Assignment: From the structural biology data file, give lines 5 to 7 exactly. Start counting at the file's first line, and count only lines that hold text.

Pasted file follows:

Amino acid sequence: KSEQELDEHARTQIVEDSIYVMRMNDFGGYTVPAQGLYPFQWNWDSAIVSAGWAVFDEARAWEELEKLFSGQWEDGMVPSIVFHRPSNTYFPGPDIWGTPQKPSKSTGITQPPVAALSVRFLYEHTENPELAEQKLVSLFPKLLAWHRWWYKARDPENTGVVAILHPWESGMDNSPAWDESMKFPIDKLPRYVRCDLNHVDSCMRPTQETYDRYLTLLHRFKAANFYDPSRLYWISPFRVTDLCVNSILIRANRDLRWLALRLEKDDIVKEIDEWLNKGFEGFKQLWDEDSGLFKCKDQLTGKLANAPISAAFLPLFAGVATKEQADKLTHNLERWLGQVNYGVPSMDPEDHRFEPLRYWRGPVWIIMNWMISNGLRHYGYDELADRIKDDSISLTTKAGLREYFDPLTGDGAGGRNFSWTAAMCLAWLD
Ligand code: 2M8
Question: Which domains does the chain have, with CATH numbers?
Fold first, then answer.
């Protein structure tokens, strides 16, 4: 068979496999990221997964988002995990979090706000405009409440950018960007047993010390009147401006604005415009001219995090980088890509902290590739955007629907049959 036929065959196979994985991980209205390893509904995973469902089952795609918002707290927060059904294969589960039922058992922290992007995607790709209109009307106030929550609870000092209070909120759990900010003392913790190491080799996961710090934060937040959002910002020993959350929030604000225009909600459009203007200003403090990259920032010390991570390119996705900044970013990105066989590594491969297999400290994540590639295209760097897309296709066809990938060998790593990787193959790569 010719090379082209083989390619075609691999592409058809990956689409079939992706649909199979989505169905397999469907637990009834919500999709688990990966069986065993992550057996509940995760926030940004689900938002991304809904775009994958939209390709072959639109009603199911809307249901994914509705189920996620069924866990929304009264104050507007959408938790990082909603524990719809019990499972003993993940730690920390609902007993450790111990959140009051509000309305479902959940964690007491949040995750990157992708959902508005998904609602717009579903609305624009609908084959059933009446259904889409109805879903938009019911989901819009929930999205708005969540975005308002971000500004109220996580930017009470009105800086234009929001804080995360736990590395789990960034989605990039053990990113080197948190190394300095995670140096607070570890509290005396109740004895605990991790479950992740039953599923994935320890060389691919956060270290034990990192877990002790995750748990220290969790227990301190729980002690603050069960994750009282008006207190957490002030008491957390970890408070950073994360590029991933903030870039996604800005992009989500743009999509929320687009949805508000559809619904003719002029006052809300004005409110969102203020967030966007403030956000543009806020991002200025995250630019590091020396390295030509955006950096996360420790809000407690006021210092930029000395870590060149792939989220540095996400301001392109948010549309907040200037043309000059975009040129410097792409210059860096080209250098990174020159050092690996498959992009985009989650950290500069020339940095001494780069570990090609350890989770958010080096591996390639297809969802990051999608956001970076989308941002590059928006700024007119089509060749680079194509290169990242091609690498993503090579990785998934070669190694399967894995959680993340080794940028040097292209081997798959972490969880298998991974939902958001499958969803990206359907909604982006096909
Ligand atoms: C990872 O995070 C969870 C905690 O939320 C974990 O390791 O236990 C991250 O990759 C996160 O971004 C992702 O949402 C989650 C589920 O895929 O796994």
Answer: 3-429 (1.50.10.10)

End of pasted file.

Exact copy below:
């Protein structure tokens, strides 16, 4: 068979496999990221997964988002995990979090706000405009409440950018960007047993010390009147401006604005415009001219995090980088890509902290590739955007629907049959 036929065959196979994985991980209205390893509904995973469902089952795609918002707290927060059904294969589960039922058992922290992007995607790709209109009307106030929550609870000092209070909120759990900010003392913790190491080799996961710090934060937040959002910002020993959350929030604000225009909600459009203007200003403090990259920032010390991570390119996705900044970013990105066989590594491969297999400290994540590639295209760097897309296709066809990938060998790593990787193959790569 010719090379082209083989390619075609691999592409058809990956689409079939992706649909199979989505169905397999469907637990009834919500999709688990990966069986065993992550057996509940995760926030940004689900938002991304809904775009994958939209390709072959639109009603199911809307249901994914509705189920996620069924866990929304009264104050507007959408938790990082909603524990719809019990499972003993993940730690920390609902007993450790111990959140009051509000309305479902959940964690007491949040995750990157992708959902508005998904609602717009579903609305624009609908084959059933009446259904889409109805879903938009019911989901819009929930999205708005969540975005308002971000500004109220996580930017009470009105800086234009929001804080995360736990590395789990960034989605990039053990990113080197948190190394300095995670140096607070570890509290005396109740004895605990991790479950992740039953599923994935320890060389691919956060270290034990990192877990002790995750748990220290969790227990301190729980002690603050069960994750009282008006207190957490002030008491957390970890408070950073994360590029991933903030870039996604800005992009989500743009999509929320687009949805508000559809619904003719002029006052809300004005409110969102203020967030966007403030956000543009806020991002200025995250630019590091020396390295030509955006950096996360420790809000407690006021210092930029000395870590060149792939989220540095996400301001392109948010549309907040200037043309000059975009040129410097792409210059860096080209250098990174020159050092690996498959992009985009989650950290500069020339940095001494780069570990090609350890989770958010080096591996390639297809969802990051999608956001970076989308941002590059928006700024007119089509060749680079194509290169990242091609690498993503090579990785998934070669190694399967894995959680993340080794940028040097292209081997798959972490969880298998991974939902958001499958969803990206359907909604982006096909
Ligand atoms: C990872 O995070 C969870 C905690 O939320 C974990 O390791 O236990 C991250 O990759 C996160 O971004 C992702 O949402 C989650 C589920 O895929 O796994």
Answer: 3-429 (1.50.10.10)